Wall Street is strongly opposed to the Volcker Rules (link to the written testimony; webcast) and the discussion elicited some classic Goldman Sachs moments.  Gerry Corrigan, a senior executive at Goldman and former head of the New York Fed, suggested that Goldman Sachs has an impeccable approach to risk management and seemed to imply that the firm was not in trouble in fall 2008.  When pressed on why Goldman requested and was granted a banking license – and access to the Fed’s discount window – in September 2008, he fell back slightly, “There is no question whatsoever that when you look at totality of the steps that were taken by central banks and government, particularly in 2008, that Goldman Sachs was a beneficiary of this.”

The public record is clear – Goldman Sachs would have failed in September 2008, were it not for the support provided by the government. The fact that some of this support did not involve direct use of taxpayer money speaks to the ingenuity of the people involved, but it should not distract us from the substance.  Goldman Sachs was failing and it was saved.

Why is this so hard for Goldman to admit?

Continue reading

Good for Goldman

Searching through my RSS feed*, I observer that not many people have commented on Goldman Sachs’s stunning compensation announcement (except for Felix Salmon), perhaps because it came out on the same day as the “Volcker Rule,” perhaps because bloggers are not wired to say nice things about Goldman. But I’m going to make the sure-to-be-unpopular statement that Goldman did the right thing here.

We all know that Goldman made a lot of money last year: $35.0 billion before compensation and taxes, on my reading of the income statement (that’s pre-tax earnings plus compensation and benefits). Many people think that it made that money because of government support, but that’s beside the point here; right now, this is purely a question of dividing the spoils between employees and shareholders.

Continue reading

The Case For A Supertax On Big Bank Bonuses

The big banks are pre-testing their main messages for bonus season, which starts in earnest next week.  Their payouts relative to profits will be “record lows”, their people won’t make as much as in 2007 (except for Goldman), and they will pay a higher proportion of the bonus in stock than usual.  Behind the scenes, leading executives are still arguing out the details of the optics.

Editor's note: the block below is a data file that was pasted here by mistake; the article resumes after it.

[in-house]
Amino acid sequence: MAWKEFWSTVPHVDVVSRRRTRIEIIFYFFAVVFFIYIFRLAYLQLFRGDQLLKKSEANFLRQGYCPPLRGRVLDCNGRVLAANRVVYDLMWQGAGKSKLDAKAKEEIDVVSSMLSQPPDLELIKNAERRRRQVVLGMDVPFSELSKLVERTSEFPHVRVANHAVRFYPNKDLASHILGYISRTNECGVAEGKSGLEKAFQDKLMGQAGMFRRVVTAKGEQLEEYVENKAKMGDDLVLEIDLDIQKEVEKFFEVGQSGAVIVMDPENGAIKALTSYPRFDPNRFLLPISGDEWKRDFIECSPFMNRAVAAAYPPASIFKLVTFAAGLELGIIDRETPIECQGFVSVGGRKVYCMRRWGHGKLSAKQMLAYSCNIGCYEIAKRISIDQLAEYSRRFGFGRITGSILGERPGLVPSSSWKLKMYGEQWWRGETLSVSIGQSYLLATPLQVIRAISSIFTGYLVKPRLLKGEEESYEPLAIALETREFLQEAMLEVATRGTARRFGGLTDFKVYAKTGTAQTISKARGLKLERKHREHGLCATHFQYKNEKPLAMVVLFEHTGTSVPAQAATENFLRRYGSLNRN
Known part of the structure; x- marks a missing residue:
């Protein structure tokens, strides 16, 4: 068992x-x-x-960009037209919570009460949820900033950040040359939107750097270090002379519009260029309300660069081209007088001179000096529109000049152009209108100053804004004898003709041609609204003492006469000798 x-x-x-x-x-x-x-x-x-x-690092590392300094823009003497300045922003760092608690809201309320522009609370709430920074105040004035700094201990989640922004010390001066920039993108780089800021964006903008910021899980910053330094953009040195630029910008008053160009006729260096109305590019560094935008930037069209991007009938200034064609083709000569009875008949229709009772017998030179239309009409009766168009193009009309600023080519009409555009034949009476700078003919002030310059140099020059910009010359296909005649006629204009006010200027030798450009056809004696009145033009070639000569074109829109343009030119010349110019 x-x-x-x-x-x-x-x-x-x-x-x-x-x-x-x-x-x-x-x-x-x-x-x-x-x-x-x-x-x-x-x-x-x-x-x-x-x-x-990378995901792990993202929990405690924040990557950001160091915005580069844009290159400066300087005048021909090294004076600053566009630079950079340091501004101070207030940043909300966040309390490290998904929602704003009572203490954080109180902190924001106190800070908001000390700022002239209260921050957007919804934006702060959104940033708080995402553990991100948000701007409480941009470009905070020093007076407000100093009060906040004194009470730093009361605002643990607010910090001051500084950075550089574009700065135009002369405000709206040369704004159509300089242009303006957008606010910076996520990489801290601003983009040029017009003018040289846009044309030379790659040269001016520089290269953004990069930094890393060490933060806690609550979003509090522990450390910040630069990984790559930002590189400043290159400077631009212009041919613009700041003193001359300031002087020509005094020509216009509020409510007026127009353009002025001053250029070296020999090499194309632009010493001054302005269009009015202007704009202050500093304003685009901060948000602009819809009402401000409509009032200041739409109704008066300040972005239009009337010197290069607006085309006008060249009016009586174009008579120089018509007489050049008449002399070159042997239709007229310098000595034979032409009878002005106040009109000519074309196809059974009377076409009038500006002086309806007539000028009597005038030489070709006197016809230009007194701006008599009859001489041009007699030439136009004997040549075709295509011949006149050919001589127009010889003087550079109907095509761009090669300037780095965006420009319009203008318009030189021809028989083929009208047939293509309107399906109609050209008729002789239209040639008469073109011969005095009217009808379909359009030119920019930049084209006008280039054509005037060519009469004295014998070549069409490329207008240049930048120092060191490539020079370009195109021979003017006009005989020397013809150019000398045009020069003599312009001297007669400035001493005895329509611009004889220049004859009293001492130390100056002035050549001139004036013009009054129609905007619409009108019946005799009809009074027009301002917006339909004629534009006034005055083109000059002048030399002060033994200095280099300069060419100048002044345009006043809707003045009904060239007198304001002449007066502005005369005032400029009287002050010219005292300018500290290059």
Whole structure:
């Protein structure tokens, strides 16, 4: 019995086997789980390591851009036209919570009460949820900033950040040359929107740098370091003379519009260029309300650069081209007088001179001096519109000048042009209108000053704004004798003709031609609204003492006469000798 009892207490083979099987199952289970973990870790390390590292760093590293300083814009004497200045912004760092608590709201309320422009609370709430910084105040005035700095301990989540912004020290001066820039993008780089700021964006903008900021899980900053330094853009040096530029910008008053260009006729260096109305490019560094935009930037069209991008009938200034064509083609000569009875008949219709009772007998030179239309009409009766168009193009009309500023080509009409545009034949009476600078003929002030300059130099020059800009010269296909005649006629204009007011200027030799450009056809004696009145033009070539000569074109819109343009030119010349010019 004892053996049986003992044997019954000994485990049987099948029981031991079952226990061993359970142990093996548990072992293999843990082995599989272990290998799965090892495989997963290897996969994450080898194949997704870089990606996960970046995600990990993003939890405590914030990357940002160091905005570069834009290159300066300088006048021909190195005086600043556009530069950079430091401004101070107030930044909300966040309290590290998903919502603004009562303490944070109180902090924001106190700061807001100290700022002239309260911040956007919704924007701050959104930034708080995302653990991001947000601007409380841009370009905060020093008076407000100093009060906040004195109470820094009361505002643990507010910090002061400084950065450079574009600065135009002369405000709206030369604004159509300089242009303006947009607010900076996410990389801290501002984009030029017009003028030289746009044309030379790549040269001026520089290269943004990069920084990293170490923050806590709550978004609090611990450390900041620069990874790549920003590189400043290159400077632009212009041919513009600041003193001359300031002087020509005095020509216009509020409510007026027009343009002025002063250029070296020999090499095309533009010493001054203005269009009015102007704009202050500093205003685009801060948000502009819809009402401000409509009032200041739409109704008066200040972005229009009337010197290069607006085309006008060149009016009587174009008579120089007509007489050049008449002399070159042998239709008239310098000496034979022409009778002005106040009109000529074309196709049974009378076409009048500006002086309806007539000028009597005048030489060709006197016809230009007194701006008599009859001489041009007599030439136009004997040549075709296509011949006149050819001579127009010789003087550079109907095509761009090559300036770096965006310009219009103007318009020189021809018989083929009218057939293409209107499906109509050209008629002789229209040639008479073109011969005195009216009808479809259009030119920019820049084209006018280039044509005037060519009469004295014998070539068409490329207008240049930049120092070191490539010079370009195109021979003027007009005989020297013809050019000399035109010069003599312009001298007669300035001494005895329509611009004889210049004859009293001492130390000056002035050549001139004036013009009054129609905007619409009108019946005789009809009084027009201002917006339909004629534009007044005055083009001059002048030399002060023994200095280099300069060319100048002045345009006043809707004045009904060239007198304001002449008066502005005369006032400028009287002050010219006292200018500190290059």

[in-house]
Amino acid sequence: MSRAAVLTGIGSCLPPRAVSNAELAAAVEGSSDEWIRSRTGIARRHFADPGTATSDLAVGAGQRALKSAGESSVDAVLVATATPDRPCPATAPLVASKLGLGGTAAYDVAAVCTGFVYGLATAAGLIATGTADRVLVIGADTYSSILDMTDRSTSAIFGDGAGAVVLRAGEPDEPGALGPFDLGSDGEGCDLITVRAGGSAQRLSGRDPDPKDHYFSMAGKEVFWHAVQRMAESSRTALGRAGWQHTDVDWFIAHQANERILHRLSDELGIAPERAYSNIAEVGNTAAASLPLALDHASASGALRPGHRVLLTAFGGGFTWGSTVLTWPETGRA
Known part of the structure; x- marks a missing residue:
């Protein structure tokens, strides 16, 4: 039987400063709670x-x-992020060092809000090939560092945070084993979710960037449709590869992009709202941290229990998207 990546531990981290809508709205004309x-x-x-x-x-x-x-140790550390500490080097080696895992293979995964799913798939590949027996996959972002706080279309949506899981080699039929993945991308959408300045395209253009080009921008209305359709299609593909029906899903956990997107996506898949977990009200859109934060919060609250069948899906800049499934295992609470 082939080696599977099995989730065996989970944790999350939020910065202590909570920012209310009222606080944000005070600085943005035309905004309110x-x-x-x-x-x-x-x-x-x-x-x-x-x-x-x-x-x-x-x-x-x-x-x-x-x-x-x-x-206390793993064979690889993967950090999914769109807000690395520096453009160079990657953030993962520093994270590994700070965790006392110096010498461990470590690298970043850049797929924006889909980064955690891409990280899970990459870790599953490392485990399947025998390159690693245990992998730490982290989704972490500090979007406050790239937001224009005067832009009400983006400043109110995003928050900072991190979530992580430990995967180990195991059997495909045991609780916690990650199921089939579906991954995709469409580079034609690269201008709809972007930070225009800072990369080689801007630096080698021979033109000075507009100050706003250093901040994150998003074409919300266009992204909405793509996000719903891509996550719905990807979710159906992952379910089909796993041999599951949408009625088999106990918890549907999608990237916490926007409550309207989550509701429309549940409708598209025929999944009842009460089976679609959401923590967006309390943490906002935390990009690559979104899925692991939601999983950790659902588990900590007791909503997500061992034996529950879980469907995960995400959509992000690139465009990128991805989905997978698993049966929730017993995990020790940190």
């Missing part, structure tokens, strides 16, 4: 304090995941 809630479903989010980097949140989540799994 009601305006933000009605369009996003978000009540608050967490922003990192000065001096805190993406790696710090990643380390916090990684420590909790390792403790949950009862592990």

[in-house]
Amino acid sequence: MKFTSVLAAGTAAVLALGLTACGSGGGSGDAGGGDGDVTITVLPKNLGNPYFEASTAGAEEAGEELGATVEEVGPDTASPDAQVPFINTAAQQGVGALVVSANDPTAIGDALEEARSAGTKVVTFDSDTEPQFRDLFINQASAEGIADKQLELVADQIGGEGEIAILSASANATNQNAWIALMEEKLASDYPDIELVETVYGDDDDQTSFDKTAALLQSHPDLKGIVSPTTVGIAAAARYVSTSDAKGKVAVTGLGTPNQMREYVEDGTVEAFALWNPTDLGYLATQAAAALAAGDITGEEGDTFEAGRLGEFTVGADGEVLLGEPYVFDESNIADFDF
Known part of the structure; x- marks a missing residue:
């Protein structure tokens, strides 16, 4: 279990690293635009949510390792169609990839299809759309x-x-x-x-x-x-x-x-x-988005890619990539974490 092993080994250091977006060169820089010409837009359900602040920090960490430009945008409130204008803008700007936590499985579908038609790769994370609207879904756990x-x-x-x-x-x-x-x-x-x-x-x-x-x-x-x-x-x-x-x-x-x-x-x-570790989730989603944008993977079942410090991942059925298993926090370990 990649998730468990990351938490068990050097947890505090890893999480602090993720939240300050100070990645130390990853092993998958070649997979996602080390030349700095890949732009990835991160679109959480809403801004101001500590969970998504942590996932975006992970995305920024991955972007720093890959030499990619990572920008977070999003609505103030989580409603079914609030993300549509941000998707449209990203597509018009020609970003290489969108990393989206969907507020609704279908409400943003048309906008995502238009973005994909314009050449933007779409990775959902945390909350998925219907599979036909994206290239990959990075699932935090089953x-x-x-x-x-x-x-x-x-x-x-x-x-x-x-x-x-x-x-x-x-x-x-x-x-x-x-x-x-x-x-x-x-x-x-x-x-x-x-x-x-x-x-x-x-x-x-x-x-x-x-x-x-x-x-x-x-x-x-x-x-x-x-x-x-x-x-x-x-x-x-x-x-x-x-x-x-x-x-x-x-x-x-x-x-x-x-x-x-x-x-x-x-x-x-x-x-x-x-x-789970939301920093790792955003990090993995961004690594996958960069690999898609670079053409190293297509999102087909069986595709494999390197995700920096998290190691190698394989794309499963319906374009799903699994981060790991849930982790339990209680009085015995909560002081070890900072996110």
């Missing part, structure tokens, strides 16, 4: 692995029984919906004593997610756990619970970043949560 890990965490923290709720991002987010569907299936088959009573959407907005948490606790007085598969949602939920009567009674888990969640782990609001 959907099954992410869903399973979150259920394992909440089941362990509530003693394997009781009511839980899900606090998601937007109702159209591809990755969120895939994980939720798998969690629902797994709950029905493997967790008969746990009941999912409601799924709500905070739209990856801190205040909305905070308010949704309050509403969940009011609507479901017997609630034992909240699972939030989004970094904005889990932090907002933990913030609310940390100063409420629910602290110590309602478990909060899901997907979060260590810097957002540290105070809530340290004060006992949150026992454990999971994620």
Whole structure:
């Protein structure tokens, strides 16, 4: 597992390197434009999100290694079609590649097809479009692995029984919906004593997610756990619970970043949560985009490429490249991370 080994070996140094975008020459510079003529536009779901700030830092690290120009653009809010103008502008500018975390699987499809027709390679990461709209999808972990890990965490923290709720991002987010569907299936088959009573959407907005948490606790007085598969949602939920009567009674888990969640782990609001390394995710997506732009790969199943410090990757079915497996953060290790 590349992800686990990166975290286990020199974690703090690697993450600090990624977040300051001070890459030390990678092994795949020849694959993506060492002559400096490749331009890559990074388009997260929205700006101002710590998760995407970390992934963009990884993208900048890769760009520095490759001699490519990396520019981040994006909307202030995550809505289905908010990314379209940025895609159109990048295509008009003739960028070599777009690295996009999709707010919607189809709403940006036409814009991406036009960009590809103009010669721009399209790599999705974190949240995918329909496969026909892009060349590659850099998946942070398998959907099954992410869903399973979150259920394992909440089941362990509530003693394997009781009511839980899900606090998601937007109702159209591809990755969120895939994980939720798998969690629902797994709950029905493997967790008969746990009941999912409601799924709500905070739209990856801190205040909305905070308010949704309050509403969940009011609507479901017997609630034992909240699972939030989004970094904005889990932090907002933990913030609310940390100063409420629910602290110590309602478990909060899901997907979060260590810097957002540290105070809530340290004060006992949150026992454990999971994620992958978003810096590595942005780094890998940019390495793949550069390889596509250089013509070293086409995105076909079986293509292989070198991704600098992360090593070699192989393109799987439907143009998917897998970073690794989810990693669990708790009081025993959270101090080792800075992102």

As they justify their pay packages, the bankers open up a broader relevant question: How much bonus do they deserve in this situation?  After all, bonus time is when you decide who made what kind of relative contribution to your bottom line – and you are able to recognize unusually strong achievement. 

Seen in these terms, the answer is easy: people working at our largest banks – say over $100 bn in total assets – should get zero bonus for 2009. Continue reading

Gerry Corrigan’s Case For Large Integrated Financial Groups

Increasingly, leading bankers repeat versions of the argument made recently by E. Gerald Corrigan in his Dolan Lecture at Fairfield UniversityCorrigan, former President of the New York Fed and a senior executive at Goldman Sachs for more than a decade, makes three main points.

  1. “Large Integrated Financial Groups” – at or around their current size – offer unique functions that cannot otherwise be provided.  The economy needs these Groups.
  2. Breaking up such Groups would be extremely complex and almost certainly very disruptive.
  3. An “Enhanced Resolution Authority” can mitigate the problems that are likely to occur in the future, when one or more Group fails.

These assertions are all completely wrong. Continue reading

More on Goldman and AIG

Thomas Adams, a lawyer and former bond insurer executive, wrote a guest post for naked capitalism on the question of why AIG was bailed out and the monoline bond insurers were not (wow, is it really almost two years since the monoline insurer crisis?). He estimates that the monolines together had roughly the same amount of exposure to CDOs that AIG did; in addition, since the monolines also insured trillions of dollars of municipal debt, there were potential spillover effects. (AIG, by contrast, insured tens of trillions of non-financial stuff — people’s lives, houses, cars, commercial liability, etc. — but that was in separately capitalized subsidiaries.)

The difference between the monolines and AIG, Adams posits, was Goldman Sachs.

Continue reading

Blankfein Defends Goldman Sachs Against Breakup Advocates